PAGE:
When women took up bicycles in a big way in the 1890s, it resulted in a kind of moral panic in the media about the potential effects of women wearing bloomers (or what we would today call knickerbockers.) Women took to the wheel because a new design made bikes easier to ride with skirts, but it was still an awkward affair. Historians of dress have shown that only a small minority of women riders solved the problem by donning some version of pants. Nonetheless, this was enough to spark a storm of caricatures in the media.
For conservative commentators, pants on women meant the complete reversal of gender roles. We see that in this cartoon. The text at the bottom reads: Stern Parent—“Willy, isn’t that Miss Bloomers going soon? – it’s nearly eleven o’clock!” / Son—“Yes, Mama; she’s just saying good night!” The women here have taken on men’s role. Miss Bloomer, who is taller than the boy, is the suitor. And it is the mother, not the father, who chides her son to get inside.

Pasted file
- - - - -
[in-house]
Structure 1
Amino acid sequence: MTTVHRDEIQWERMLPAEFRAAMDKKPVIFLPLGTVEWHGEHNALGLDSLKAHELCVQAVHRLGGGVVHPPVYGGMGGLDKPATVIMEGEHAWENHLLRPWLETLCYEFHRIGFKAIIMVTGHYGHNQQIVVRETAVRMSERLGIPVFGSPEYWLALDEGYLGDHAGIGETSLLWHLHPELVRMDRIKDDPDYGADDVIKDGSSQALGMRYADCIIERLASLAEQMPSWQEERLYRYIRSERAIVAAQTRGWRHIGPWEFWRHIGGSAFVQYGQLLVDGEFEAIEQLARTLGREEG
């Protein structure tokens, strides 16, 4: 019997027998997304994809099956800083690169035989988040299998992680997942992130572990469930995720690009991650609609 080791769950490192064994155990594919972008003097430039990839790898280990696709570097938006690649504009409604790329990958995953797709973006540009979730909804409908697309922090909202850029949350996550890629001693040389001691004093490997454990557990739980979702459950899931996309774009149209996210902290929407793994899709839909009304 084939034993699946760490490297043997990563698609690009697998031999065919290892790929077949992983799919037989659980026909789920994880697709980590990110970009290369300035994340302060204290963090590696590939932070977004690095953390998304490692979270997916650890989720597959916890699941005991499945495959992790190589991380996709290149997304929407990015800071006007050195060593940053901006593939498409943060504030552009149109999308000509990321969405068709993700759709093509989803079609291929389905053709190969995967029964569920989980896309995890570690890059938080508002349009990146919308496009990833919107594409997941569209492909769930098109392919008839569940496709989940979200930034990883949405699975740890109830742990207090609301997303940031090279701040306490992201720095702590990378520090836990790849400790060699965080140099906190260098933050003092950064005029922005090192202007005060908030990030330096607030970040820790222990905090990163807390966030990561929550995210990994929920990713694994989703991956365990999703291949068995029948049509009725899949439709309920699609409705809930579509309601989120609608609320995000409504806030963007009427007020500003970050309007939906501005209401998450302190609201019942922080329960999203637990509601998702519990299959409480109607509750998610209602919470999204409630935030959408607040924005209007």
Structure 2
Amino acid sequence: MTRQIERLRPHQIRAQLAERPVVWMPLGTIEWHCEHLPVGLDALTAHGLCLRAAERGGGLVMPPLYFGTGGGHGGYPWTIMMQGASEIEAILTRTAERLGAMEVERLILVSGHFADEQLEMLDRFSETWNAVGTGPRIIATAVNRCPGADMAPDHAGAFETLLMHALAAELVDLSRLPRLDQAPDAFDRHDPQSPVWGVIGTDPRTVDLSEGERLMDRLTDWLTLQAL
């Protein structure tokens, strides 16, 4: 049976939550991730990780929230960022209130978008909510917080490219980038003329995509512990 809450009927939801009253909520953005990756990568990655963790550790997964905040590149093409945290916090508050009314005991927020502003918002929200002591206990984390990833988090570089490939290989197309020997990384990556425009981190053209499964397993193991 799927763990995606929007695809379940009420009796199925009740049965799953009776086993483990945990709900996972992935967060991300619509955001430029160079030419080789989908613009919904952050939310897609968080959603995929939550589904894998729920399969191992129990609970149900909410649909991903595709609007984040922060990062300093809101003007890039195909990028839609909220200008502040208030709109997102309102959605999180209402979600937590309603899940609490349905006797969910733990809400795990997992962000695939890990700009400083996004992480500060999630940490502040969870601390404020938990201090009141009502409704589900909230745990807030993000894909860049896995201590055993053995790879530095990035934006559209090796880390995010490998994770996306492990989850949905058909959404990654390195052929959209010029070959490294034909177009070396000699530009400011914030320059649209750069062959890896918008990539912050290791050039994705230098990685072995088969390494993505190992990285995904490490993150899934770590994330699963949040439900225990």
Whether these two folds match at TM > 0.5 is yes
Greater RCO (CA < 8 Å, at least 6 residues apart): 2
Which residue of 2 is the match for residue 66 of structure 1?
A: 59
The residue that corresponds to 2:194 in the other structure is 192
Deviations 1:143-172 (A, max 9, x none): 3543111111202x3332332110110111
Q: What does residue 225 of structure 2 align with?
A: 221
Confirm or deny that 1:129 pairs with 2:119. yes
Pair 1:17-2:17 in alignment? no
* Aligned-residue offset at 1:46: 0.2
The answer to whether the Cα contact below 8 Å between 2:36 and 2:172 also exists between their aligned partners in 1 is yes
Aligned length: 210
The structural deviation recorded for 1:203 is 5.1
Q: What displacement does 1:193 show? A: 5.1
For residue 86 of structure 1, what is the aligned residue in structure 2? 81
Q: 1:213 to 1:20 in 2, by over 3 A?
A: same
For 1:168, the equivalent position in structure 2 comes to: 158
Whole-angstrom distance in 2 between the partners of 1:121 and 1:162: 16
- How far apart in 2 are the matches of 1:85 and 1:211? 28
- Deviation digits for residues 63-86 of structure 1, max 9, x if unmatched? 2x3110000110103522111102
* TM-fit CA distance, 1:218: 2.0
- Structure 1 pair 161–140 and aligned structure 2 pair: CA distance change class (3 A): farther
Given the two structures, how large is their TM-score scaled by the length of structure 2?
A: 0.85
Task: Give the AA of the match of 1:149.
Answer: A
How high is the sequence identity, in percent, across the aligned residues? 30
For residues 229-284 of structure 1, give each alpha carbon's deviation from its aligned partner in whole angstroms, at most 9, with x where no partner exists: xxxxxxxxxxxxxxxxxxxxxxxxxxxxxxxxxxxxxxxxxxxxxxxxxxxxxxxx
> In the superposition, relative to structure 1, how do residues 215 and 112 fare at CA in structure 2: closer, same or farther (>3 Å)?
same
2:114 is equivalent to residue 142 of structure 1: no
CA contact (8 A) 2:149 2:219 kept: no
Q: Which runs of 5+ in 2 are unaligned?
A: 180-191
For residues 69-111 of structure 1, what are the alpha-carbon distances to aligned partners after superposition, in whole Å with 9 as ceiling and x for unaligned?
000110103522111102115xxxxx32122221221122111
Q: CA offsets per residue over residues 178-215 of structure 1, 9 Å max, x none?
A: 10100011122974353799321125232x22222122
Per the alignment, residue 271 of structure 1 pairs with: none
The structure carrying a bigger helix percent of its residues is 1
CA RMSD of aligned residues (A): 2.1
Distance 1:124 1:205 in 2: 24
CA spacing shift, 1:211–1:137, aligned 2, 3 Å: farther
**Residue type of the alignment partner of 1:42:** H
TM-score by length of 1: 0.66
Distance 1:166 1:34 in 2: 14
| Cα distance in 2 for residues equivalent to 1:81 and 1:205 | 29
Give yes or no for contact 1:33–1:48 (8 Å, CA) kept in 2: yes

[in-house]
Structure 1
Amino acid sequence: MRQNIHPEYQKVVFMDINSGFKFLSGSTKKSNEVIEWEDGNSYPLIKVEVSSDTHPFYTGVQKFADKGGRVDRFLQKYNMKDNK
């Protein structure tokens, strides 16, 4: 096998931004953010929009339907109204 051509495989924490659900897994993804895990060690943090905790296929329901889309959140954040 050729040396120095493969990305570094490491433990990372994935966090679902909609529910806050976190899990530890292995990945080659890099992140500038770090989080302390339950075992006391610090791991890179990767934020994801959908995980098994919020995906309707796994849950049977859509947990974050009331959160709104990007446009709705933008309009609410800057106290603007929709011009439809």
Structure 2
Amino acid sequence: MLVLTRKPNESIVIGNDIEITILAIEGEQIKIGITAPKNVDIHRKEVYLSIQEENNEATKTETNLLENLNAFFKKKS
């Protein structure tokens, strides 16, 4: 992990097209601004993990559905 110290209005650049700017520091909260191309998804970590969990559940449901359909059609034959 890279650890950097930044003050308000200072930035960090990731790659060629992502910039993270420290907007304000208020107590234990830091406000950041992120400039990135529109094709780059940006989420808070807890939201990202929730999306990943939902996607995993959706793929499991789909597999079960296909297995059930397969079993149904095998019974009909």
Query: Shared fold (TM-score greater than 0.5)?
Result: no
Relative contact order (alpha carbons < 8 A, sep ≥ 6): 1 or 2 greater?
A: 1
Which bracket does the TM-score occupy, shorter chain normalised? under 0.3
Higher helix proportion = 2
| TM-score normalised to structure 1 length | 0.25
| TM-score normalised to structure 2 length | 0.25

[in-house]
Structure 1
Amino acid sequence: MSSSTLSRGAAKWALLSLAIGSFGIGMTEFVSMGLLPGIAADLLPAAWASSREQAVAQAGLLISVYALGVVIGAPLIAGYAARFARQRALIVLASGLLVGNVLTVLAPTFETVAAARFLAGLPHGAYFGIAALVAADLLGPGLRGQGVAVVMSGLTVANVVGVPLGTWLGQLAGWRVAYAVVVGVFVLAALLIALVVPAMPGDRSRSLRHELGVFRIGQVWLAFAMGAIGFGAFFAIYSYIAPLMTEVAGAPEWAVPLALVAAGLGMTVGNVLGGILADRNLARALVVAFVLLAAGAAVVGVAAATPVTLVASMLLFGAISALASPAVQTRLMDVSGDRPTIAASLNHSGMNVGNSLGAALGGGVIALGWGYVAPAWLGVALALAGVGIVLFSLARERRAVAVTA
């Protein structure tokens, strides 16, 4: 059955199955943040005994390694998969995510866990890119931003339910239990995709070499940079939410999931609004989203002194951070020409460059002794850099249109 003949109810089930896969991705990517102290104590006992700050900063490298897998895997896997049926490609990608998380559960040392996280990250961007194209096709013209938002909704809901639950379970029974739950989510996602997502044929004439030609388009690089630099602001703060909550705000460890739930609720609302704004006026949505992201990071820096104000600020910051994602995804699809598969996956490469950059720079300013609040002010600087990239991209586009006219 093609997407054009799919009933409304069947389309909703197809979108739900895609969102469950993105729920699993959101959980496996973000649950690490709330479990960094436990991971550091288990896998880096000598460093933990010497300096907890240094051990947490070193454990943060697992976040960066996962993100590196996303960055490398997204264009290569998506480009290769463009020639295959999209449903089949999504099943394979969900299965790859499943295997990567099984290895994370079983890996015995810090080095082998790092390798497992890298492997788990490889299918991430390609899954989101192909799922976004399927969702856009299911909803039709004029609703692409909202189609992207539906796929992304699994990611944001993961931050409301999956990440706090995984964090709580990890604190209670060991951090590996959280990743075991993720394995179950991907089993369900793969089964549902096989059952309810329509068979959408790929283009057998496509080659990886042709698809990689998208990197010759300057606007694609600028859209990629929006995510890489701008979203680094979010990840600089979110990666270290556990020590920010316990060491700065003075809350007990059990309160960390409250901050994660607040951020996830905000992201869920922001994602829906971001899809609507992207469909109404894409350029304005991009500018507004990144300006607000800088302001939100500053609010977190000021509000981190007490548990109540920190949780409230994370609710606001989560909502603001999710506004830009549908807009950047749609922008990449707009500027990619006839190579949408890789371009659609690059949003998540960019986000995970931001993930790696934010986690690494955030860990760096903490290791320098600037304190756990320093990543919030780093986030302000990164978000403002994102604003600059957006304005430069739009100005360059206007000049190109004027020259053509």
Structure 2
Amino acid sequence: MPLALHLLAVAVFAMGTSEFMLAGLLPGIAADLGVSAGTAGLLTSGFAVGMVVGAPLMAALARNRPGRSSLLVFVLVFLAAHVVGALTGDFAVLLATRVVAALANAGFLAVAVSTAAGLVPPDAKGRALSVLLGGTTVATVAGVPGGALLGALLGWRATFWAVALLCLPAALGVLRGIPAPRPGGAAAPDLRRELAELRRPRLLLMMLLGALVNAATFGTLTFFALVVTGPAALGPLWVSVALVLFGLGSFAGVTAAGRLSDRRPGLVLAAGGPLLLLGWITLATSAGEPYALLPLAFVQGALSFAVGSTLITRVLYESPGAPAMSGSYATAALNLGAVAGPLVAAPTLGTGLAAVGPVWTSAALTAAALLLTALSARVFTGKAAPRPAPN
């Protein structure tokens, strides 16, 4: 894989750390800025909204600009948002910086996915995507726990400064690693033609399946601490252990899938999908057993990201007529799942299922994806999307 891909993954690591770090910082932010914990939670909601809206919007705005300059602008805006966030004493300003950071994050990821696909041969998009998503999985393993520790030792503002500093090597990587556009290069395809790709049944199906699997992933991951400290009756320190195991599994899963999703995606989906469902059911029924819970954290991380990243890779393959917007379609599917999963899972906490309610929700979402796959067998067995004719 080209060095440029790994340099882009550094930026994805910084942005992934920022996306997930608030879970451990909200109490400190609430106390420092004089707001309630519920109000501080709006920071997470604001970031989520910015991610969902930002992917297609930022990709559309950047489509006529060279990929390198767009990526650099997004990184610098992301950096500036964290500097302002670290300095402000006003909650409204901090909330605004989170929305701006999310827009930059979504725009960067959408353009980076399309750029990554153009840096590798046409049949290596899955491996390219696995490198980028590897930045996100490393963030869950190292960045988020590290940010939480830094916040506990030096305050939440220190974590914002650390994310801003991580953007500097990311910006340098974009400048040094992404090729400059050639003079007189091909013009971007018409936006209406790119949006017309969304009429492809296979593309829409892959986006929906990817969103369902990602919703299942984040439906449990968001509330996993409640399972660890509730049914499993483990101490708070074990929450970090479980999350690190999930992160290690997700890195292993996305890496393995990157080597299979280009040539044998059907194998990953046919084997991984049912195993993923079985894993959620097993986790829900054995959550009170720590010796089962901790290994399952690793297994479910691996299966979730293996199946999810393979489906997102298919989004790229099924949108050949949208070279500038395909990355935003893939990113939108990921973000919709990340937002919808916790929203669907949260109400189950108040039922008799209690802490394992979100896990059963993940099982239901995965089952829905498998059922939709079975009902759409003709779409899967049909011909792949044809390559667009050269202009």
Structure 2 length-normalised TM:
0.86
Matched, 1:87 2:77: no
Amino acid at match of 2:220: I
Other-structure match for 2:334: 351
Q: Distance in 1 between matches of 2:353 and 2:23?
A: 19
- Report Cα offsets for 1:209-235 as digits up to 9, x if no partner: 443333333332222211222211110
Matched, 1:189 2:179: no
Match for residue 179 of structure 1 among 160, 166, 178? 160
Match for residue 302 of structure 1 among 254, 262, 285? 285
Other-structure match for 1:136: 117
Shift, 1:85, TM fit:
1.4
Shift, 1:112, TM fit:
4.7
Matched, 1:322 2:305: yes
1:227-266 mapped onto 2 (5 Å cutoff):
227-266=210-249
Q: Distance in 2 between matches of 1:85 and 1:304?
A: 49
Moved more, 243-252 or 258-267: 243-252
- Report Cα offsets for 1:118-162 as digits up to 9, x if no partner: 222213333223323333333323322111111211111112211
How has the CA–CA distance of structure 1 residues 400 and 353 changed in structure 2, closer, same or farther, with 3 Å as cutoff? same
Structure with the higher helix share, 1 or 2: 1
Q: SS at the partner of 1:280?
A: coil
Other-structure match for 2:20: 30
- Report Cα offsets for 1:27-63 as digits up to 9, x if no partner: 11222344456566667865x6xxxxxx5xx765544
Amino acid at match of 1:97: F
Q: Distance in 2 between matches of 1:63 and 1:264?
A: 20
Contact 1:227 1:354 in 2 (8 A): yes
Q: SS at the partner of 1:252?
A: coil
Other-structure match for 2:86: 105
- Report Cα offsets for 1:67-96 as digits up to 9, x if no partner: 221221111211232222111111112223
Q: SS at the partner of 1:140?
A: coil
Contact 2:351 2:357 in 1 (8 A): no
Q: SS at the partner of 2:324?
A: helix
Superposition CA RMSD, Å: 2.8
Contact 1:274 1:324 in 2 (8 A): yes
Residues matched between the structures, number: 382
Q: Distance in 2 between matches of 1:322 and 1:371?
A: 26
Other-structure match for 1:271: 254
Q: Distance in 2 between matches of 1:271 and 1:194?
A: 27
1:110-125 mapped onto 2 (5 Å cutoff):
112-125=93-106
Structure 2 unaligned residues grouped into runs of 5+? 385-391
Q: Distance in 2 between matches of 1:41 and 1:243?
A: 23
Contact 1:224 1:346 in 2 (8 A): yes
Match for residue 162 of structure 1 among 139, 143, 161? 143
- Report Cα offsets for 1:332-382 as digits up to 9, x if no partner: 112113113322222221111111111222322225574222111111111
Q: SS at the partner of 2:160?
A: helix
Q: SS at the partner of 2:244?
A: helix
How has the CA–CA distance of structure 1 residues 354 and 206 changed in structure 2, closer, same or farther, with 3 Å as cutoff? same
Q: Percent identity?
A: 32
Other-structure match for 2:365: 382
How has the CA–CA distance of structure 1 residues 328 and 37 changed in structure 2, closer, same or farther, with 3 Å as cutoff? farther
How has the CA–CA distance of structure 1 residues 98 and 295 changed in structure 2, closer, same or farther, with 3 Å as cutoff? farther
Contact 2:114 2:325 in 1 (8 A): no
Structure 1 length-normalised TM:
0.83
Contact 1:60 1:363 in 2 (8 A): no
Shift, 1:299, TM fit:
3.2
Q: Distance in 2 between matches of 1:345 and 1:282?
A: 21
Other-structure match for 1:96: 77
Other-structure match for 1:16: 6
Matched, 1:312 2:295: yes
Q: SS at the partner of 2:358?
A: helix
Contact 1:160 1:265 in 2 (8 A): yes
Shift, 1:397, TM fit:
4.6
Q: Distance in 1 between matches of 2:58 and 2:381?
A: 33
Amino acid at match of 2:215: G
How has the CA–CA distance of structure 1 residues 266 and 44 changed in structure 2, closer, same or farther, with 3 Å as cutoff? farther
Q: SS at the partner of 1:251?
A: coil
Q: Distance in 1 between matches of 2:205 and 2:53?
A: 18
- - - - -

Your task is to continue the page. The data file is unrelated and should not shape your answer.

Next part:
I loved this cartoon for its depiction of the mother. It is usually young women who are presented in disruptive fashions, but in this drawing the mother is also in bloomers. Moreover, she has a copy of “The Advanced Woman” in her hands. The artist Frederick Burr Opper portrayed his vision of a world turned upside down where all women, young and old, had abandoned their traditional roles.